The Eye-Catching Times

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The New York Times is one of the "gadgets" on my igoogle homepage so I get a lot of exposure to their website. Often times one of the news links is actually a link to a video. Today, on their site the first thing you see is a slideshow of President Obama's meeting in China. I love viewing news online for the fact that there are many different types of media on one news site. Although you also get big, colorful, moving ads on the side, something you wouldn't find on the front page of a print newspaper. Which begs me to ask the question, do sales increase for the ads found on the front page of a news site? Today it was an ad for Cadillac. Which I think represents the demographics for those who read the NY Times online.

So overall, the videos and the pictures definitely add to the view-ability of the NY Times online. Not only is it more appealing to a technological generation it's very convenient for those who don't have time to watch the nightly news on TV. The important pieces of video are right online and you aren't stuck watching a "filler" story about Mrs. Mumford's cat stuck in a tree.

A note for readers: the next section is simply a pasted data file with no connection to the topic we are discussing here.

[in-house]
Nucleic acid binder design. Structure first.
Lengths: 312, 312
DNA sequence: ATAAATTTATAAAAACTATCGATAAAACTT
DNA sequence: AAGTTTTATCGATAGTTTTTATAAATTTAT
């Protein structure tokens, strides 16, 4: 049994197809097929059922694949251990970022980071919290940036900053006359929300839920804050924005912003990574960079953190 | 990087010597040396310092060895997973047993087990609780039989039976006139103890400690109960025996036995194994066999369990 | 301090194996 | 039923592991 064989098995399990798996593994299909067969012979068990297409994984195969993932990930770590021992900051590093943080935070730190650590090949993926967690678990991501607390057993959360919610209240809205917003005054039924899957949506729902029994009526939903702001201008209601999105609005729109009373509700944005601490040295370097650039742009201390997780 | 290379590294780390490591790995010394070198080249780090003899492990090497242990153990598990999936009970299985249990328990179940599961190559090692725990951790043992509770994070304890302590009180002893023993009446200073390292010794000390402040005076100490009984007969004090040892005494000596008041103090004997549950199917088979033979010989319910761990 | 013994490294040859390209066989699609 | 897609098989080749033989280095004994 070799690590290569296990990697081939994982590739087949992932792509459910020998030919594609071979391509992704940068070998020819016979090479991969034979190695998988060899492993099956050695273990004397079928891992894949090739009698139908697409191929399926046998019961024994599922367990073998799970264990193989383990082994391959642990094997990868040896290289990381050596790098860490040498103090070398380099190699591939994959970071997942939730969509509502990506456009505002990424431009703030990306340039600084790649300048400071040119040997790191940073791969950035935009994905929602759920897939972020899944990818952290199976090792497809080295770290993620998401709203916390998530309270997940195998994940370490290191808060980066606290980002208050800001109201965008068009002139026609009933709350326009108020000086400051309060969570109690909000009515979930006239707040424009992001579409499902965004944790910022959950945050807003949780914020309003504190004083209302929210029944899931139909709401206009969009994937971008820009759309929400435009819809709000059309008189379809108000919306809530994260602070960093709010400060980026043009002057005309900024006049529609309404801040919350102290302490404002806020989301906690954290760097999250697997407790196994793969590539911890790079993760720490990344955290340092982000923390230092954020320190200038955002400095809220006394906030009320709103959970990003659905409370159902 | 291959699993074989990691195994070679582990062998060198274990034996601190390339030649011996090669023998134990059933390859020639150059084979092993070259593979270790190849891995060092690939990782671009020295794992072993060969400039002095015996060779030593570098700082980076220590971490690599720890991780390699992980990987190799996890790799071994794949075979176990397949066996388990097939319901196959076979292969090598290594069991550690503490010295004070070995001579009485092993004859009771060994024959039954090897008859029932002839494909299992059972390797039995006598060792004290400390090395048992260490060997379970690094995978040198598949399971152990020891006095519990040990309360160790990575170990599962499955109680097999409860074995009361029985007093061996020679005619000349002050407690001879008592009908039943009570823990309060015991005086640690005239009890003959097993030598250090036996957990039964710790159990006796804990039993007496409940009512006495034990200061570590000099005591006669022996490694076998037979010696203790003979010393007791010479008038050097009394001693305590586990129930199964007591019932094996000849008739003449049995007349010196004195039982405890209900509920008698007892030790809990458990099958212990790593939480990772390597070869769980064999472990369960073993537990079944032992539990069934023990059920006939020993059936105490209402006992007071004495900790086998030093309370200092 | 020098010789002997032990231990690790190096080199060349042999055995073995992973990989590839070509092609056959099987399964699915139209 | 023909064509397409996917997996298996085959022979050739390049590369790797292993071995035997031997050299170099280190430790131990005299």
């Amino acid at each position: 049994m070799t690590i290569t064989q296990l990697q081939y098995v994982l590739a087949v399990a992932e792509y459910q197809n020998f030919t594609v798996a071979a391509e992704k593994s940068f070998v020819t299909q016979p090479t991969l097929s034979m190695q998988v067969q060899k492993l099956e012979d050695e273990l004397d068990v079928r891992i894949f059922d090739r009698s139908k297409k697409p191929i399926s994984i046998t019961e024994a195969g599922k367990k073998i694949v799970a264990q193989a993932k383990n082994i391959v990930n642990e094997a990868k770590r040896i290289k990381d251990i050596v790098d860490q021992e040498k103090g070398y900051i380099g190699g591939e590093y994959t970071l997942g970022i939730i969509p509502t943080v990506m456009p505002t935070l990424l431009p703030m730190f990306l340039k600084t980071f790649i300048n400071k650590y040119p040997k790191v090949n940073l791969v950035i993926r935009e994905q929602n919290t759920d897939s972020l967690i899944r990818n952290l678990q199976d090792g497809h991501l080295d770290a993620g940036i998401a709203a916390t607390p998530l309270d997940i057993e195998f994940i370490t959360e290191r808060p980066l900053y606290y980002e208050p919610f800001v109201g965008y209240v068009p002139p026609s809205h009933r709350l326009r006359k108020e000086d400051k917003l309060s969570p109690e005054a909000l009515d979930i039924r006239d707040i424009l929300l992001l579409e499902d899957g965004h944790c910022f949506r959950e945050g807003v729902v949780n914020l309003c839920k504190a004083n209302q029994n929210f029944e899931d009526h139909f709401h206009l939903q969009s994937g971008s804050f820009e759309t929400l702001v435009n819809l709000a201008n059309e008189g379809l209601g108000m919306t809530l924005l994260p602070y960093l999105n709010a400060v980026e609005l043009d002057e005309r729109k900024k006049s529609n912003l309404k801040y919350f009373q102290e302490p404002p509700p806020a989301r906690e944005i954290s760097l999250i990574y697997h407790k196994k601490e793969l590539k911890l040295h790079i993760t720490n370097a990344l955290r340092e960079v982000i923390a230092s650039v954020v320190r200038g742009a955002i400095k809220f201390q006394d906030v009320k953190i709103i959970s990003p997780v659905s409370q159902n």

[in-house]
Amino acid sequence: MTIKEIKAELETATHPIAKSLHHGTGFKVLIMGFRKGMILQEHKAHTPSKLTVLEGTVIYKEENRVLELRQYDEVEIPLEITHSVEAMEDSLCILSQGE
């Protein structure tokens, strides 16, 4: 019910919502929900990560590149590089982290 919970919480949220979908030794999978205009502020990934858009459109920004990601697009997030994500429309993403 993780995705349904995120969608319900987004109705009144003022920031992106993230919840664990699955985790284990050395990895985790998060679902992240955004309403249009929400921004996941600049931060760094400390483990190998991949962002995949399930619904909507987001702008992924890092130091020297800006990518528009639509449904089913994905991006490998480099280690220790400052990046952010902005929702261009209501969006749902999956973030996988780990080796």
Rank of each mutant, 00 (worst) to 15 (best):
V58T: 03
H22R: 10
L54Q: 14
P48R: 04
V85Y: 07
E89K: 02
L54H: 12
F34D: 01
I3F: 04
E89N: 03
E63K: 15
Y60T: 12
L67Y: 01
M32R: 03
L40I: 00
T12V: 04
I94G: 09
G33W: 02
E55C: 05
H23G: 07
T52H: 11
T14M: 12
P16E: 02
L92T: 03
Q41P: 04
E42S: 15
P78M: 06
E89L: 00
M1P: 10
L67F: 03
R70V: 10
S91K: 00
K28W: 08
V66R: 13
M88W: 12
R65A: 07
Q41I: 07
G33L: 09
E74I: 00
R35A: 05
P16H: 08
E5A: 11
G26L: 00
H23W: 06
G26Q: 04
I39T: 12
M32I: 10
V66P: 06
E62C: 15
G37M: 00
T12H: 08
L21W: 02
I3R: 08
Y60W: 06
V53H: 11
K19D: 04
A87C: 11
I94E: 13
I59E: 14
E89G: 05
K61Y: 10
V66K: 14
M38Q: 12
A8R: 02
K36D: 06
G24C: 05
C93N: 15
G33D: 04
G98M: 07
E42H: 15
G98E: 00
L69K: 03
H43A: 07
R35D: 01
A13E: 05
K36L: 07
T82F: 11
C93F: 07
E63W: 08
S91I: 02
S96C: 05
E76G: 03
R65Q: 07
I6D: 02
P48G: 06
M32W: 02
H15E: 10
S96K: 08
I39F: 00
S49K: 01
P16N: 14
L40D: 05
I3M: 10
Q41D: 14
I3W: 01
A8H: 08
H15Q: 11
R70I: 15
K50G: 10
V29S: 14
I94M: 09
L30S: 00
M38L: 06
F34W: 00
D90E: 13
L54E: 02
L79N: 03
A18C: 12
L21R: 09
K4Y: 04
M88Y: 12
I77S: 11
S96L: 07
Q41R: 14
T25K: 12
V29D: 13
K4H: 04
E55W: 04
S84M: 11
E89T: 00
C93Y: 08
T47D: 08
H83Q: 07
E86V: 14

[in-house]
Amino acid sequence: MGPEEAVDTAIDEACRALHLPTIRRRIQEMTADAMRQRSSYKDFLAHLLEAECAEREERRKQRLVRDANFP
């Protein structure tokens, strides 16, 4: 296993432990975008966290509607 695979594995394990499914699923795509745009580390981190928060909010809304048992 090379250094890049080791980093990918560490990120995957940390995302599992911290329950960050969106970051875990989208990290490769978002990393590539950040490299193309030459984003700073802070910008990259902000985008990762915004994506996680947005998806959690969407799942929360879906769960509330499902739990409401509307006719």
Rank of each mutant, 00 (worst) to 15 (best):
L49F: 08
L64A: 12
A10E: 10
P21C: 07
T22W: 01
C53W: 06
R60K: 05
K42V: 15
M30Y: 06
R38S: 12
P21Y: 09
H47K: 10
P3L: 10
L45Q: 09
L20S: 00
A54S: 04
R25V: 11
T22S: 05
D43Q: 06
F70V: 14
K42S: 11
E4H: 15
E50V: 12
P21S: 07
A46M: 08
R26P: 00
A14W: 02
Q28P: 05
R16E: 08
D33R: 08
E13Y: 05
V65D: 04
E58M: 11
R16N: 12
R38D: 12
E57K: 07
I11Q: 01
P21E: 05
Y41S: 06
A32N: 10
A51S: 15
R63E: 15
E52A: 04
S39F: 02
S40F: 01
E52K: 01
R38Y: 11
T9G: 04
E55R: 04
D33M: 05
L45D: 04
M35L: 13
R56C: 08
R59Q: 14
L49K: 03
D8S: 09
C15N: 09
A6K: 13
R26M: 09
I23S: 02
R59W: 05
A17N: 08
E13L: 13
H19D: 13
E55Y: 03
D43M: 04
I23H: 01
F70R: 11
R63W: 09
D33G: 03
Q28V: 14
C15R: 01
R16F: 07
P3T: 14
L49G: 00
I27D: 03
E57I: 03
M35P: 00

Richelle Dodaro said:

I agree, Michelle. Reading and watching the videos on the site makes it more convenient to keep up with the news. The layout of the webpage is definitely eye-catching, but slightly overwhelming since there are many stories displayed. However, that can be a good thing for people who don't want to have to skim through a newspaper, but instead can skim over the whole webpage on their computer screen. I liked viewing and reading the news on this site.

Aja Hannah said:

About the advertisment, I think that Cadillac must have paid good money to get it on the main page so the newspaper/news site would make more money off of this ad then one within the layers of the site. Because everyone who comes to the site will see it, it's visibility is high and it is a coveted spot.

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